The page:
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Customizable carbon and its potential impact on green energy

There’s a lot of research about moving away from carbon as an energy source, but what if instead the carbon that is being used is applied to its full capacity?

The importance of carbon as an energy source is not to be downplayed. Unfortunately, the reliance on these carbon-based materials has proven to be disastrous for the environment, especially in the quantities they are consumed on a global basis. Therefore, alternative means have to be researched. Superstructure carbons (SCC) are a possible way to use carbons in a more efficient and “green” way that can exceed the current performance and longevity of the standard materials in energy storage and conversion devices.

Researchers published the findings in Energy Materials and Devices on January 30.

SCCs are multifaceted in both their construction and performance but also in their concept as a whole. It starts with the fact that they are, indeed, carbons. While this might not seem like a step to reduce overall carbon dependency, it is a way to make the carbons being used more intentionally with more direct functions that can lead to better performance and functionality

“This unique category satisfies the particular functional demands of high-performance devices and surpasses the rigid structure of traditional carbons,” said Debin Kong, researcher and author of the study.

SSCs are carbon-based materials that are built precisely for the material it’s interfacing with, whether that’s a lithium-ion (Li) battery, lithium sulfide (LiS) battery or a metal-air battery.

There are three main characteristics of these SCCs presented by researchers for successful development and implementation: precisely customized pores, freely adjusted frameworks and highly coupled interfaces.

Having precisely customized pores has the advantage of improved surface utilization and mass transfer over traditional carbon materials. Using a porous carbon as part of the active material in energy-storage devices (like batteries) can improve metrics such as the specific capacity of the material. The specific capacity is the amount of an electrical charge that can be delivered to the material per gram of the material’s weight. Freely adjusted frameworks are crucial to allow for rapid electron transfer between the inner workings of the materials, including the carbon unit and electrode. Finally, highly coupled interfaces allow for an additional improvement in electron transfer, which is a significant element in improving the overall function and performance of a battery. Interfaces that work well together allow for electrochemical reactions to occur more easily and without issues such as aggregation, or the formation of clusters of nanoparticles.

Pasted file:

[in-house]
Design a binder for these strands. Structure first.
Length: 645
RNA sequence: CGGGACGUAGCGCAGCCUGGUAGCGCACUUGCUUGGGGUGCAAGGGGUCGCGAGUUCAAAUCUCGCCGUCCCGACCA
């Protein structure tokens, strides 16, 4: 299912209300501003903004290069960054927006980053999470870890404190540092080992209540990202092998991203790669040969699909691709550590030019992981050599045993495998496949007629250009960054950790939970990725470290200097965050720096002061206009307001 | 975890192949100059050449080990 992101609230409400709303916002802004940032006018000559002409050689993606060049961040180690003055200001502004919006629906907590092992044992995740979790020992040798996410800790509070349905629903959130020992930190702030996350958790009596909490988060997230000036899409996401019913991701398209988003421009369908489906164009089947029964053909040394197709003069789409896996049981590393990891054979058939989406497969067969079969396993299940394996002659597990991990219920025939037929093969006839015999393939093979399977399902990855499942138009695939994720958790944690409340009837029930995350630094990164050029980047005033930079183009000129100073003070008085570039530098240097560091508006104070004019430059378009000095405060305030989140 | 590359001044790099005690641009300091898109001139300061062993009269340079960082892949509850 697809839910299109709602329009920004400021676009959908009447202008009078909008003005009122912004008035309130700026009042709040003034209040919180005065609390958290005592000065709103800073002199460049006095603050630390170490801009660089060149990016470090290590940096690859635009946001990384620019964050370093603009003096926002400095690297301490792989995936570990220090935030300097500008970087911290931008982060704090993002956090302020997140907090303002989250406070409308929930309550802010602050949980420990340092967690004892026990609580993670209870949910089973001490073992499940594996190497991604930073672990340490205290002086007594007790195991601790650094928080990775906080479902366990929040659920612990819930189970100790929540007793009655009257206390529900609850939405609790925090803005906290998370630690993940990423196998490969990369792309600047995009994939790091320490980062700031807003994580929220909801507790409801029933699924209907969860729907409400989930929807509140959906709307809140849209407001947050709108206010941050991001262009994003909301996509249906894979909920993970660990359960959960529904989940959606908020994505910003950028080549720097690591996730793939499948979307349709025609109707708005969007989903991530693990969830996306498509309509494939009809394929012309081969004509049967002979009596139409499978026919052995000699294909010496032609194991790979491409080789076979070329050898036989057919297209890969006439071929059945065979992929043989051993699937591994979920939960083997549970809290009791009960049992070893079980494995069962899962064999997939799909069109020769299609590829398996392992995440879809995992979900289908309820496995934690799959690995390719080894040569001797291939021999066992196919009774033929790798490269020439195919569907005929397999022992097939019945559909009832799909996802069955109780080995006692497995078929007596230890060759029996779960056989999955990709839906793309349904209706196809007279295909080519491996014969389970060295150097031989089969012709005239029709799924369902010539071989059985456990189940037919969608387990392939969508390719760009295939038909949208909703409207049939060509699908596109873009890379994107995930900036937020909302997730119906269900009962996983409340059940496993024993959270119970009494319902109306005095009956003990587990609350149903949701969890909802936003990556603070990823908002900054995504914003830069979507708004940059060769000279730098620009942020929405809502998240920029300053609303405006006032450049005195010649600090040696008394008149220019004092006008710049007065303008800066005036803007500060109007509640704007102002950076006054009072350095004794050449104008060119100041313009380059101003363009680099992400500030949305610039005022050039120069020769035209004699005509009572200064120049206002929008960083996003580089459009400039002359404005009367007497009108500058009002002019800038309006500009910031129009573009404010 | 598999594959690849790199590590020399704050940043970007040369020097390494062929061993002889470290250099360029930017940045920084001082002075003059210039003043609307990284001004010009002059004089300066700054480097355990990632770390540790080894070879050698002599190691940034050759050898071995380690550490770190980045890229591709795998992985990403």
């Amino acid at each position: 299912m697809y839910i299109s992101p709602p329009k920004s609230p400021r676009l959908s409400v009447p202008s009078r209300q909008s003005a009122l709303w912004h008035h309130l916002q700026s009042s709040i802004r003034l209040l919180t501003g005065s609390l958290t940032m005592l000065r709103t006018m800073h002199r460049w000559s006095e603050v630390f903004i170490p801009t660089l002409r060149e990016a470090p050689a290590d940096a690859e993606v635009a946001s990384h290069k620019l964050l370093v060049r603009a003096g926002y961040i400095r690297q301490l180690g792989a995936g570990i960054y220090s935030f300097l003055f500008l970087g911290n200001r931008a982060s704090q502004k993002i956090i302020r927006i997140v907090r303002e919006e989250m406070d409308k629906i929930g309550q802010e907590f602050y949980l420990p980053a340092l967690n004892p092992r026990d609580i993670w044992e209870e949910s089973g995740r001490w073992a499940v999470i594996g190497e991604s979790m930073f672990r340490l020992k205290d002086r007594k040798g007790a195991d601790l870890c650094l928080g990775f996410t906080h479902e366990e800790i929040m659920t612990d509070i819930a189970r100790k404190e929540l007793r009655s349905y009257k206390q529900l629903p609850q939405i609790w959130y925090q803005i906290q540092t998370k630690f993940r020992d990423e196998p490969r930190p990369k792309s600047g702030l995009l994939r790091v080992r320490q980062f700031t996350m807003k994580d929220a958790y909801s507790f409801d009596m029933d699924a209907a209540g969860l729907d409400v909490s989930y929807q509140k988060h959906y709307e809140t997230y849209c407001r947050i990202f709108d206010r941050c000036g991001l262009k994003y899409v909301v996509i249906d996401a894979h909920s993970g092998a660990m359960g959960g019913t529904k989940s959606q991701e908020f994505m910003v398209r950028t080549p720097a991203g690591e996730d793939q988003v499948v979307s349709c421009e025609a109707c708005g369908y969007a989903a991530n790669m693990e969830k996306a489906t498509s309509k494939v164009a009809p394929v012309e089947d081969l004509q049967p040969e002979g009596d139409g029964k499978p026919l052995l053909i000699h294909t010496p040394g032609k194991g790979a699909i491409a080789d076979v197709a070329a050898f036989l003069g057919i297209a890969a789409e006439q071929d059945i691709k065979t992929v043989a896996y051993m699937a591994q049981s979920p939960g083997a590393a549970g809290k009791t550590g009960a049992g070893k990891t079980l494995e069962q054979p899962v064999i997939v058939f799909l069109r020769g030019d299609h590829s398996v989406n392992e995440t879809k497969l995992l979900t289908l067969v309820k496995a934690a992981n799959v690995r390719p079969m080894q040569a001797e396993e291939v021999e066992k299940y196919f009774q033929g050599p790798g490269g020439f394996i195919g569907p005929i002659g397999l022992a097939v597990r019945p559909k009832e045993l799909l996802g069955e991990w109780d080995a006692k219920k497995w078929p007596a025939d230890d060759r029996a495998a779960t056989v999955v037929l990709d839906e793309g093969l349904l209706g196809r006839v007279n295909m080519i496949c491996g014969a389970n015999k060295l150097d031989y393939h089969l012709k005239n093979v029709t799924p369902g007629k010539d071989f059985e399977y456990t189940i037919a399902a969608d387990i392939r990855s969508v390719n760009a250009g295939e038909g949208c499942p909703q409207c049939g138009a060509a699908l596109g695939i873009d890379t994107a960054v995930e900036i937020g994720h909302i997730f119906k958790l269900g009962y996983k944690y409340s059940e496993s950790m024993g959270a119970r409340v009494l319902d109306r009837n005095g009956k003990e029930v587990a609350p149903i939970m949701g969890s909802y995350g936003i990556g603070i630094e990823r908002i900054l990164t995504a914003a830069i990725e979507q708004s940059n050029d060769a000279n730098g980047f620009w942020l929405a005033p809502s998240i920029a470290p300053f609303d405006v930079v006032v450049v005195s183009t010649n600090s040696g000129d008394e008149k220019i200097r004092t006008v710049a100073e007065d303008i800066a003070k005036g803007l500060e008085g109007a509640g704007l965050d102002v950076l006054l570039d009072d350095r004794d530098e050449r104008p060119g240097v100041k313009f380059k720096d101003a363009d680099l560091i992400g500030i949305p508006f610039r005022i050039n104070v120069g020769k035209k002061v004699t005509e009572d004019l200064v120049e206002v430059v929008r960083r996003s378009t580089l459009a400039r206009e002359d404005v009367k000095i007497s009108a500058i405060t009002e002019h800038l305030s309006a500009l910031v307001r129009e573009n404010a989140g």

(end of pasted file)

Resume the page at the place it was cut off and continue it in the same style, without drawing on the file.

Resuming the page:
“Overall, the concept of SSCs shows a way to solve the problems faced by current carbons, which is important to the practical applications of advanced carbons and their relevant high performance energy related devices in future,” said Kong.

Researchers aren’t aiming to just improve carbon-based active materials with this review, but are looking to create new highs for carbon structures. Performance breakthroughs are an ultimate goal, aiming to shatter bottlenecks in the performance of energy conversion and storage. However, there are always difficulties to consider and wrinkles to iron out with further research.

The most important thing to consider is that different devices have different needs. Li, LiS and metal-air batteries are likely to all have a different relationship with SCCs that needs to be fully fleshed out to ensure suitability and compatibility. Additionally, the cost and performance of SCCs need to be examined before it becomes a practical and widespread solution. This can include refining the preparation process and the precursors needed to lower the cost and simplify production. Another point that needs further research is the overall understanding of the carbon microstructure and its structural evolution depending on the carbon precursor used.

Debin Kong, Wei Lv, Yanbing He, and Feiyu Kang of the Shenzhen Giem Graphene Center and Engineering Laboratory for Functionalized Carbon Materials at Tsinghua University with Debin Kong also of the College of New Energy at China University of Petroleum, Ruliang Liu, Dingcai Wu, and Ruowen Fu of the Materials Science Institute at Sun Yat-sen University, Feng Li of the Shenyang National Laboratory for Materials Science at the Chinese Academy of Sciences and Quan-Hong Yang of the Nanoyang Group at the School of Chemical Engineering and Technology at Tianjin University all contributed to this research.

The National Basic Research Program of China, the National Nature Science Foundation of China, and the Taishan Scholar Project of Shandong Province made this research possible.




The material in this press release comes from the originating research organization. Content may be edited for style and length. Want more? Sign up for our daily email.